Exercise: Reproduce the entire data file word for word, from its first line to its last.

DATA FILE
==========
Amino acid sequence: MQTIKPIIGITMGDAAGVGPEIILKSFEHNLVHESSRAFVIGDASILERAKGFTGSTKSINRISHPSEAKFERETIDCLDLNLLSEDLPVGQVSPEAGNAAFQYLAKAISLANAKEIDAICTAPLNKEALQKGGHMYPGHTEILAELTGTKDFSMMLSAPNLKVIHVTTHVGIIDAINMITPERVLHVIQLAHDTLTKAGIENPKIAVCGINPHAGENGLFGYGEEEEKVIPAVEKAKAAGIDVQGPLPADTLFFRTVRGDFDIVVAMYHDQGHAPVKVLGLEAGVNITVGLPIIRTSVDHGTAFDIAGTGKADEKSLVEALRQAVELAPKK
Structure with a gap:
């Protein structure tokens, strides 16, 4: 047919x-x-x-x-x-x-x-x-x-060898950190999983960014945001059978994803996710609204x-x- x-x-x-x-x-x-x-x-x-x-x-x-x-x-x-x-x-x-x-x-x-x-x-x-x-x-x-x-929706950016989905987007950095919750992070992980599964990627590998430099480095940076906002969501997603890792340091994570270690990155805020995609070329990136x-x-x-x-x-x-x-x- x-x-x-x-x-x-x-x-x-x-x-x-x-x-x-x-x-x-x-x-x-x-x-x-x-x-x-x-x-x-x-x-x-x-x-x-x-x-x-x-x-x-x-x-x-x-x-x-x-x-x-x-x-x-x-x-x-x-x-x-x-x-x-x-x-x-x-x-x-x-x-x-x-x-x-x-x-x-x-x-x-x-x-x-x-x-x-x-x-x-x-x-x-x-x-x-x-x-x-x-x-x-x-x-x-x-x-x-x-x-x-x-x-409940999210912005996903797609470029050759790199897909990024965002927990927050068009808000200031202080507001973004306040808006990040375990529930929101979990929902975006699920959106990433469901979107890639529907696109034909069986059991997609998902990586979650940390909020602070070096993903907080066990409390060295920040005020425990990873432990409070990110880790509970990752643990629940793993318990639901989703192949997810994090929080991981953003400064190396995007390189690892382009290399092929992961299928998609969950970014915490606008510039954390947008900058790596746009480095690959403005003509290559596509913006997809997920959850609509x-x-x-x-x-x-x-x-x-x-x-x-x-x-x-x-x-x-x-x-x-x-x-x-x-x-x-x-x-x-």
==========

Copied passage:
Amino acid sequence: MQTIKPIIGITMGDAAGVGPEIILKSFEHNLVHESSRAFVIGDASILERAKGFTGSTKSINRISHPSEAKFERETIDCLDLNLLSEDLPVGQVSPEAGNAAFQYLAKAISLANAKEIDAICTAPLNKEALQKGGHMYPGHTEILAELTGTKDFSMMLSAPNLKVIHVTTHVGIIDAINMITPERVLHVIQLAHDTLTKAGIENPKIAVCGINPHAGENGLFGYGEEEEKVIPAVEKAKAAGIDVQGPLPADTLFFRTVRGDFDIVVAMYHDQGHAPVKVLGLEAGVNITVGLPIIRTSVDHGTAFDIAGTGKADEKSLVEALRQAVELAPKK
Structure with a gap:
């Protein structure tokens, strides 16, 4: 047919x-x-x-x-x-x-x-x-x-060898950190999983960014945001059978994803996710609204x-x- x-x-x-x-x-x-x-x-x-x-x-x-x-x-x-x-x-x-x-x-x-x-x-x-x-x-x-x-929706950016989905987007950095919750992070992980599964990627590998430099480095940076906002969501997603890792340091994570270690990155805020995609070329990136x-x-x-x-x-x-x-x- x-x-x-x-x-x-x-x-x-x-x-x-x-x-x-x-x-x-x-x-x-x-x-x-x-x-x-x-x-x-x-x-x-x-x-x-x-x-x-x-x-x-x-x-x-x-x-x-x-x-x-x-x-x-x-x-x-x-x-x-x-x-x-x-x-x-x-x-x-x-x-x-x-x-x-x-x-x-x-x-x-x-x-x-x-x-x-x-x-x-x-x-x-x-x-x-x-x-x-x-x-x-x-x-x-x-x-x-x-x-x-x-x-409940999210912005996903797609470029050759790199897909990024965002927990927050068009808000200031202080507001973004306040808006990040375990529930929101979990929902975006699920959106990433469901979107890639529907696109034909069986059991997609998902990586979650940390909020602070070096993903907080066990409390060295920040005020425990990873432990409070990110880790509970990752643990629940793993318990639901989703192949997810994090929080991981953003400064190396995007390189690892382009290399092929992961299928998609969950970014915490606008510039954390947008900058790596746009480095690959403005003509290559596509913006997809997920959850609509x-x-x-x-x-x-x-x-x-x-x-x-x-x-x-x-x-x-x-x-x-x-x-x-x-x-x-x-x-x-």